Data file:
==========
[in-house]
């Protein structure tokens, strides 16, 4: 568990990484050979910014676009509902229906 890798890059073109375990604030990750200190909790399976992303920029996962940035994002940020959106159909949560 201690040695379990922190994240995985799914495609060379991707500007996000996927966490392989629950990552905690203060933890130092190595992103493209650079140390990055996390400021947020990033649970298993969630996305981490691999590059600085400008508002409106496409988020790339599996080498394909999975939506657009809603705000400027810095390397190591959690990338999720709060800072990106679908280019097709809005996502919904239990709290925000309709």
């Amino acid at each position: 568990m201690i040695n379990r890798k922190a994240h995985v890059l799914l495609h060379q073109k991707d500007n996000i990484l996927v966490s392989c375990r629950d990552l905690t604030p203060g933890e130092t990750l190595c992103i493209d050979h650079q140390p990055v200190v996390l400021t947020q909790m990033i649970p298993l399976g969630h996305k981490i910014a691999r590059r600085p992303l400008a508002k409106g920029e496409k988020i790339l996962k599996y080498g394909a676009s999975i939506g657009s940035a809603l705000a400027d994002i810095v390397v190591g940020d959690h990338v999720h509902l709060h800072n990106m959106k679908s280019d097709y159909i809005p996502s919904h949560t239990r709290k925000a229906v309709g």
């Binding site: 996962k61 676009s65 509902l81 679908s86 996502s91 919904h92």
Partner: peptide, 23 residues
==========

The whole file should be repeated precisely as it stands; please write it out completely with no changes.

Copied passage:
[in-house]
């Protein structure tokens, strides 16, 4: 568990990484050979910014676009509902229906 890798890059073109375990604030990750200190909790399976992303920029996962940035994002940020959106159909949560 201690040695379990922190994240995985799914495609060379991707500007996000996927966490392989629950990552905690203060933890130092190595992103493209650079140390990055996390400021947020990033649970298993969630996305981490691999590059600085400008508002409106496409988020790339599996080498394909999975939506657009809603705000400027810095390397190591959690990338999720709060800072990106679908280019097709809005996502919904239990709290925000309709």
């Amino acid at each position: 568990m201690i040695n379990r890798k922190a994240h995985v890059l799914l495609h060379q073109k991707d500007n996000i990484l996927v966490s392989c375990r629950d990552l905690t604030p203060g933890e130092t990750l190595c992103i493209d050979h650079q140390p990055v200190v996390l400021t947020q909790m990033i649970p298993l399976g969630h996305k981490i910014a691999r590059r600085p992303l400008a508002k409106g920029e496409k988020i790339l996962k599996y080498g394909a676009s999975i939506g657009s940035a809603l705000a400027d994002i810095v390397v190591g940020d959690h990338v999720h509902l709060h800072n990106m959106k679908s280019d097709y159909i809005p996502s919904h949560t239990r709290k925000a229906v309709g």
């Binding site: 996962k61 676009s65 509902l81 679908s86 996502s91 919904h92």
Partner: peptide, 23 residues